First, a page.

(f)  At a distance of 4 cm away from A and going towards A, velocity is directed along BA, therefore, it is positive. Since acceleration and force are directed towards OB, both of them are positive.

Question 14. 6. Which of the following relationships between the acceleration a and the displacement x of a particle involve simple harmonic motion?
(a) a = 0.7x (b) a = – 200 x2
(c) a = – 10x (d) a = 100 x3
Answer:  Only (c) i.e., a = – 10x represents SHM. This is because acceleration is proportional and opposite to displacement (x).

Question 14. 7. The motion of a particle executing simple harmonic motion is described by the displacement function. x(t) = A cos (wt +Ф ).If the initial (t = 0) position of the particle is 1 cm and its initial velocity is w cm/s, what are its amplitude and initial phase angle? The angular frequency of the particle is π s-1. If instead of the cosine function, we choose the sine function to describe the SHM: x = B sin (wt + α), what are the amplitude and initial phase of the particle with the above initial conditions?

Question 14. 8. A spring balance has a scale that reads from 0 to 50 kg. The length of the scale is 20 cm. A body suspended from this balance, when displaced and released, oscillates with a period of 0.6 s. What is the weight of the body?

Question 14. 9. A spring having with a spring constant 1200 Nm-1 is mounted on a horizontal table as shown in Fig. A mass of 3 kg is attached to the free end of the spring. The mass is then pulled sideways to a distance of 2.0 cm and released.Determine (i) the frequency of oscillations, (ii) maximum acceleration of the mass, and (iii) the maximum speed of the mass.

Question 14. 10. In Exercise 9, let us take the position of mass when the spring is unstreched as x = 0, and the direction from left to right as the positive direction of x – axis. Give x as a function of time t for the oscillating mass if at the moment we start the stopwatch (t = 0), the mass is (a)at the mean position,(b)at the maximum stretched position, and (c)at the maximum compressed position.In what way do these functions for SHM differ from each other, in frequency, in amplitude or the initial phase?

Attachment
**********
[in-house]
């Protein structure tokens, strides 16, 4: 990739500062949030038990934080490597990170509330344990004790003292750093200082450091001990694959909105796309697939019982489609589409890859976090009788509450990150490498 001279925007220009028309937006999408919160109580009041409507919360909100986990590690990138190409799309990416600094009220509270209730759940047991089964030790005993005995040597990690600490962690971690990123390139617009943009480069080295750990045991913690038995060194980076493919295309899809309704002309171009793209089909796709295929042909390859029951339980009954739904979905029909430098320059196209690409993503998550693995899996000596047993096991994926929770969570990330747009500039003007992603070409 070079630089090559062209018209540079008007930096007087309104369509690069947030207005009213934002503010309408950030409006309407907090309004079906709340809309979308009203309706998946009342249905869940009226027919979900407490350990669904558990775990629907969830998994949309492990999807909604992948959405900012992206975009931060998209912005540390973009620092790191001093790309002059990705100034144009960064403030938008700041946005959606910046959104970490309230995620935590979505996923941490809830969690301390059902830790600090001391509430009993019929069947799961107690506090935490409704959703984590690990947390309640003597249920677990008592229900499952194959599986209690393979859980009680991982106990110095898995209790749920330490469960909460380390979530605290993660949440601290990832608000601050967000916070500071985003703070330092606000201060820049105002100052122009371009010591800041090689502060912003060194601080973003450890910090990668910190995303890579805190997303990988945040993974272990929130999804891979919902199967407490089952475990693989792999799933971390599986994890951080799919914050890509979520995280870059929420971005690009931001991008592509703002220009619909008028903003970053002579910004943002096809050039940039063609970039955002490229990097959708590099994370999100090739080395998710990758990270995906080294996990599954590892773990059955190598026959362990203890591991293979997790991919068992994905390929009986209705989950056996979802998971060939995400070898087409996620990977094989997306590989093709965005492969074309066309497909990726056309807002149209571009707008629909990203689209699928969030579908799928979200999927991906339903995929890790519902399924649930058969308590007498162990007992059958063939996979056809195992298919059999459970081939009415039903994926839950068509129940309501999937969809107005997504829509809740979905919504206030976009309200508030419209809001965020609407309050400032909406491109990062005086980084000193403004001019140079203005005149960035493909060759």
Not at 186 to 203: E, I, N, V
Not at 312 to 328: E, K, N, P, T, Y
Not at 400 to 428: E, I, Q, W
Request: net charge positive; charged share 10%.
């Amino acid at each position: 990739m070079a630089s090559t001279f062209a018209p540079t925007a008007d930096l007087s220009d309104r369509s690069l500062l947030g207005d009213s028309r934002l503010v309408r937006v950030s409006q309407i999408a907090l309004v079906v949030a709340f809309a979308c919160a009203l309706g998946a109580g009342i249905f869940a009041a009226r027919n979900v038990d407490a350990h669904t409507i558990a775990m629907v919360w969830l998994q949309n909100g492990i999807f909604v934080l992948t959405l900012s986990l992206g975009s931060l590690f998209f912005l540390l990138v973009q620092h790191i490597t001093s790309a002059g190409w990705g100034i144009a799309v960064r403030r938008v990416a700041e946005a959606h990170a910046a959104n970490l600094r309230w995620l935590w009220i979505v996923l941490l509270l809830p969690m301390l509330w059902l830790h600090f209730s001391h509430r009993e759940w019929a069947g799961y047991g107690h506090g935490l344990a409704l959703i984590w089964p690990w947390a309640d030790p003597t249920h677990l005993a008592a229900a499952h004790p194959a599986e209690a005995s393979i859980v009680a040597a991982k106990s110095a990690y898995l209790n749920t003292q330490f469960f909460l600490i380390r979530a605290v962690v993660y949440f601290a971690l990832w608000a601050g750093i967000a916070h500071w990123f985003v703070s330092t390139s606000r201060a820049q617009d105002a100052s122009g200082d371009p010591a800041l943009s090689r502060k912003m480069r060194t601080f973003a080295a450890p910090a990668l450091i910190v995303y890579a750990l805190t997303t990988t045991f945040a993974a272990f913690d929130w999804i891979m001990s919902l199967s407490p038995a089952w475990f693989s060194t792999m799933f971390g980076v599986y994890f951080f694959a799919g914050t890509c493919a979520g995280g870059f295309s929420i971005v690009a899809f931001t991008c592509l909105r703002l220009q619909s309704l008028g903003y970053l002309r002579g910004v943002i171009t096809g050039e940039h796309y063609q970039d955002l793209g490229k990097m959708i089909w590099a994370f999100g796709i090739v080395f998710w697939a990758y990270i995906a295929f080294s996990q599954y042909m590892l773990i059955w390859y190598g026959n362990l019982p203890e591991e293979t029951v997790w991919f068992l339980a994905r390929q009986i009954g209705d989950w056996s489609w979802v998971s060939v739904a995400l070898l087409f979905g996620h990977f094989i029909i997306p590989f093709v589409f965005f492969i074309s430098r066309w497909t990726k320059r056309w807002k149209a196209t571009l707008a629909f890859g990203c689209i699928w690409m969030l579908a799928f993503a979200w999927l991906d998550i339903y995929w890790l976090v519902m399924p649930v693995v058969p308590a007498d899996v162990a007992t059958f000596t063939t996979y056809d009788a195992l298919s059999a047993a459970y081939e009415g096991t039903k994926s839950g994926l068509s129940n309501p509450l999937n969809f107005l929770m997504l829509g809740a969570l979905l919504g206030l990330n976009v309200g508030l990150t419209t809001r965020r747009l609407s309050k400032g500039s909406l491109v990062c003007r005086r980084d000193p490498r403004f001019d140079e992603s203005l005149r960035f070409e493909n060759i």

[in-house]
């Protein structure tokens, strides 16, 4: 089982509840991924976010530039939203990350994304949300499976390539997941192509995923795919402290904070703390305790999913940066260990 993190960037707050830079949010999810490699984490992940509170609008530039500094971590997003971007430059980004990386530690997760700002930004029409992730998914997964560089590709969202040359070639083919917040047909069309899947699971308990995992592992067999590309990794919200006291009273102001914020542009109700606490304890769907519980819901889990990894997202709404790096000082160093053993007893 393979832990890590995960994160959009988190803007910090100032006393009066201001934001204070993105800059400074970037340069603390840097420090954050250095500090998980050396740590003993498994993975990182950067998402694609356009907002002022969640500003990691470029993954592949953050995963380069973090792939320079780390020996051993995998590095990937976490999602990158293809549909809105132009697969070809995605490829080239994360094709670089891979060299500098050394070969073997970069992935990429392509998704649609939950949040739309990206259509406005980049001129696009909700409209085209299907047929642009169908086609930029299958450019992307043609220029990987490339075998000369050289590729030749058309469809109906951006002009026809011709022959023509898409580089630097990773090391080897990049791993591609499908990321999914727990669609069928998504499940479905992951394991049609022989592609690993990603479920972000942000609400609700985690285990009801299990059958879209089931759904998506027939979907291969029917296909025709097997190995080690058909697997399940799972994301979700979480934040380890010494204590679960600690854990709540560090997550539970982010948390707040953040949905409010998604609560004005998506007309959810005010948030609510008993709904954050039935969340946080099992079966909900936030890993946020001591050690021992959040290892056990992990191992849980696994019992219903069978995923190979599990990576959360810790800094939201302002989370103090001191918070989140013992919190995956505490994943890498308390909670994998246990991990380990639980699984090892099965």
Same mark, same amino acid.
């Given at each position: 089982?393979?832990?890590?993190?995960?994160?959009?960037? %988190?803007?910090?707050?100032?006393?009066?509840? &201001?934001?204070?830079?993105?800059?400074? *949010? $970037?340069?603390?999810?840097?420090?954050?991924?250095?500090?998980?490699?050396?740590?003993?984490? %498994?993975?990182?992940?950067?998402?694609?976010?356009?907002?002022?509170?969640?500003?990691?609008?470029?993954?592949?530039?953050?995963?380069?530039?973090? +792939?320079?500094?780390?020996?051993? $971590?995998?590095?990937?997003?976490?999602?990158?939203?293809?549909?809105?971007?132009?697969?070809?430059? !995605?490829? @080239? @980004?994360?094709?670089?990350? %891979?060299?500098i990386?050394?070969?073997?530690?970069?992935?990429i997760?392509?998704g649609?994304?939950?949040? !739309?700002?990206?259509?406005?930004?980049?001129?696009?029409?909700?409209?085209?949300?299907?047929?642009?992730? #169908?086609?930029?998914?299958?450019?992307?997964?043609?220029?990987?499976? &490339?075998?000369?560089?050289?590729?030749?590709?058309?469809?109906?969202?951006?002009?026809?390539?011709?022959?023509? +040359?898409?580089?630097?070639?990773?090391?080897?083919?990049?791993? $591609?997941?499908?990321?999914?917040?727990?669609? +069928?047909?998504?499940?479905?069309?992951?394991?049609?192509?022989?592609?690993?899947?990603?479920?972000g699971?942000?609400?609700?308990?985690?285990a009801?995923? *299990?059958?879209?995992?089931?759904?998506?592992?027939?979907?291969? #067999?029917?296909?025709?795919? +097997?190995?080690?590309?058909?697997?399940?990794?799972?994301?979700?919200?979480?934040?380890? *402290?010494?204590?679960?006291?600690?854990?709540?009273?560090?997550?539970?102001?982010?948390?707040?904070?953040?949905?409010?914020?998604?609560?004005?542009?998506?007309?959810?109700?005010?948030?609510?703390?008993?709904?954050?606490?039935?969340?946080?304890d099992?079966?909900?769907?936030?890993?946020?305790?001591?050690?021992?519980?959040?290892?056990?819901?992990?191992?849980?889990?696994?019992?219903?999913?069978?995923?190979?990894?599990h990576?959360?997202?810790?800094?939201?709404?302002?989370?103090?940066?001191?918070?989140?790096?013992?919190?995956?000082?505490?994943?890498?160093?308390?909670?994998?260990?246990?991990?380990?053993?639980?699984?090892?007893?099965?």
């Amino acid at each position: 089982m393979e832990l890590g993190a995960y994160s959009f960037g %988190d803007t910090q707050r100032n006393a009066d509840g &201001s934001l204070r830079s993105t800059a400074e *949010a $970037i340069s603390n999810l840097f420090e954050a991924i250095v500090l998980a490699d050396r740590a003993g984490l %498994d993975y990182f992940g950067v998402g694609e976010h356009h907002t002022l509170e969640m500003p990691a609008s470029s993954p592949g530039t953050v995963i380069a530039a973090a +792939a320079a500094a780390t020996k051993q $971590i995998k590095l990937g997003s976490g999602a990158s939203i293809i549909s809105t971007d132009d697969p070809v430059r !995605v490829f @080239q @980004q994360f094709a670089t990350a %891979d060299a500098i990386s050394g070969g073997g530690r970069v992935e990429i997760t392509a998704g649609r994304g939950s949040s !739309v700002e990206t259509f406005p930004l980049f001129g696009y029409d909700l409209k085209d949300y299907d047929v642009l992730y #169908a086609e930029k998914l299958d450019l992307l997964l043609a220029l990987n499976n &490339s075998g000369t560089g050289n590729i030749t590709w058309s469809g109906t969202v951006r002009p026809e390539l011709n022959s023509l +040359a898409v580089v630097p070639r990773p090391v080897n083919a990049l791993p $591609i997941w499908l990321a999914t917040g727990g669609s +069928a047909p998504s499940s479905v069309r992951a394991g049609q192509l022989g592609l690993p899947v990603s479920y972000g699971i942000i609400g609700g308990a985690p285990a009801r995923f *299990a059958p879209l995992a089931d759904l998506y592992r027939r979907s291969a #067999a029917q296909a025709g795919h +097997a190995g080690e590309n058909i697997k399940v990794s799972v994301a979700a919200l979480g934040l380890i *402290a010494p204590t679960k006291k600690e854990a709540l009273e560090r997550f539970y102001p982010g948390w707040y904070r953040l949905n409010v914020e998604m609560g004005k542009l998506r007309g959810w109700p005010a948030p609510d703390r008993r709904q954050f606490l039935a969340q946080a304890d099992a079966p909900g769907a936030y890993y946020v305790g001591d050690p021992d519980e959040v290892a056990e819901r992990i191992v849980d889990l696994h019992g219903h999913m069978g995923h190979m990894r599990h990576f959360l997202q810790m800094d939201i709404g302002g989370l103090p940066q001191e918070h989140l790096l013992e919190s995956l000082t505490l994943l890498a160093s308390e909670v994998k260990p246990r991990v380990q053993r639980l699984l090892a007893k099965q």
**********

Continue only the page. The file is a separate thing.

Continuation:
Note: The functions neither differ in amplitude nor in frequency . They differ only in initial phase.

Question 14. 11. Following figures correspond to two circular motions. The radius of the circle, the period of revolution, the initial position, and the sense of revolution (i.e., clockwise or anticlockwise) are indicated on each figure.
Obtain the corresponding simple harmonic motions of the x-projection of the radius vector of the revolving particle P in each case.

Question 14. 12. Plot the corresponding reference circle for each of the following simple harmonic motions. Indicate the initial (t = 0) position of the particle, the radius of the circle, and the angular speed of the rotating particle. For simplicity, the sense of rotation may be fixed to be anti-clockwise in every case:
(x is in cm and t is in s)
(a) x = – 2 sin (3t + π /3)
(b) x = cos (π /6 – t)
(c) x = 3 sin (2πt + π /4)
(d) x = 2 cos π t.

Question 14. 13. Figure (a) shows a spring of force constant k clamped rigidly at one end and a mass m attached to its free end. A force F applied at the free end stretches the spring. Figure (b) shows the same spring with both ends free and attached to a mass m at either end. Each end of the spring in Figure – (b) is stretched by the same force F.
(a) What is the maximum extension of the spring in the two cases?
(b) If the mass in Fig. (a) and the two masses in Fig. (b) are released free, what is the period of oscillation in each case?

Question 14. 14. The piston in the cylinder head of a locomotive has a stroke (twice the amplitude) of 1.0 m. If the piston moves with simple harmonic motion with an angular frequency of 200 rev/min, what its maximum speed?

Question 14. 15. The acceleration due to gravity on the surface of moon is 1.7 ms-2. What is the time period of a simple pendulum on the surface of moon if its time-period on the surface of Earth is 3.5 s? (g on the surface of Earth is 9.8 ms-2 .)

Question 14. 16.
(c) The wrist watch uses an electronic system or spring system to give the time, which does not change with acceleration due to gravity. Therefore, watch gives the correct time.
(d) During free fall of the cabin, the acceleration due to gravity is zero. Therefore, the frequency of oscillations is also zero i.e., the pendulum will not vibrate at all.

Question 14. 17. A simple pendulum of length l and having a bob of mass M is suspended in a car. The car is moving on a circular track of radius R with a uniform speed v. If the pendulum makes small oscillations in a radial direction about its equilibrium position, what will be its time period?